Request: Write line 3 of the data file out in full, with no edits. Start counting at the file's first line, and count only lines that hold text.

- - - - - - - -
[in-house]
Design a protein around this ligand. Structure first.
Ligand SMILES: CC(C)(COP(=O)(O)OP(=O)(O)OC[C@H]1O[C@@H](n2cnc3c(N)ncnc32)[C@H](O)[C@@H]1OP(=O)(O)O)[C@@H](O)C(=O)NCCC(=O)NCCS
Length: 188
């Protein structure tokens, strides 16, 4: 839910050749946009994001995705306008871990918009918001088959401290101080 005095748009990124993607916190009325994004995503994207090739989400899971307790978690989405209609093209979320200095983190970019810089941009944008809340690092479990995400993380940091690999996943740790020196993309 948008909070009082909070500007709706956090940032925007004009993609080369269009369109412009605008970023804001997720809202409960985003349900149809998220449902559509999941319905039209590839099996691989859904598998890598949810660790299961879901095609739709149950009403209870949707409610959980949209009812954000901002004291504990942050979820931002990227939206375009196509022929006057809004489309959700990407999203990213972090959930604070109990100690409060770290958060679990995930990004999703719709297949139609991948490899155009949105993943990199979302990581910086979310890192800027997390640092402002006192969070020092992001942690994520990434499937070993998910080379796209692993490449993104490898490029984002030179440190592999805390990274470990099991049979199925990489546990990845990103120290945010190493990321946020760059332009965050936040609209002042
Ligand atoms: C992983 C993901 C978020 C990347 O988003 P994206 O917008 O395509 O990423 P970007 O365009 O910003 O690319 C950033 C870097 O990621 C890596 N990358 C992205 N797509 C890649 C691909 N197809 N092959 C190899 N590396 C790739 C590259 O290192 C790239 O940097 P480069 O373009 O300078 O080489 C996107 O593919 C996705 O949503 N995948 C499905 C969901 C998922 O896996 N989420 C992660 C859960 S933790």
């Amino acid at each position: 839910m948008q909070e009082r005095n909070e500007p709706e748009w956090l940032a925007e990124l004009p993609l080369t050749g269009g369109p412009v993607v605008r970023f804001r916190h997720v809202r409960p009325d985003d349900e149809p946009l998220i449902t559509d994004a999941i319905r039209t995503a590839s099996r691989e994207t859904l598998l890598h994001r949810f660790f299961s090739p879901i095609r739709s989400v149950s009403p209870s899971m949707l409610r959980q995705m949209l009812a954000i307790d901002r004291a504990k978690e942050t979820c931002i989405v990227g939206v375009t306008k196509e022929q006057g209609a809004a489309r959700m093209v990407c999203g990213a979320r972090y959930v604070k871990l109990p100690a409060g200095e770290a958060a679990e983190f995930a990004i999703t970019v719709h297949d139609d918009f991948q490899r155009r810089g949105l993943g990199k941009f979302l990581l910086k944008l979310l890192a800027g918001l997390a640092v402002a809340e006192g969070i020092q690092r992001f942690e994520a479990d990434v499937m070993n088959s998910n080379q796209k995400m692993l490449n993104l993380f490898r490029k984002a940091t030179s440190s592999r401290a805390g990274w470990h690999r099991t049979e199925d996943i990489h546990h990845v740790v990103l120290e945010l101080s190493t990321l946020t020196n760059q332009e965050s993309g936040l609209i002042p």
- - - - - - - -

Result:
Ligand SMILES: CC(C)(COP(=O)(O)OP(=O)(O)OC[C@H]1O[C@@H](n2cnc3c(N)ncnc32)[C@H](O)[C@@H]1OP(=O)(O)O)[C@@H](O)C(=O)NCCC(=O)NCCS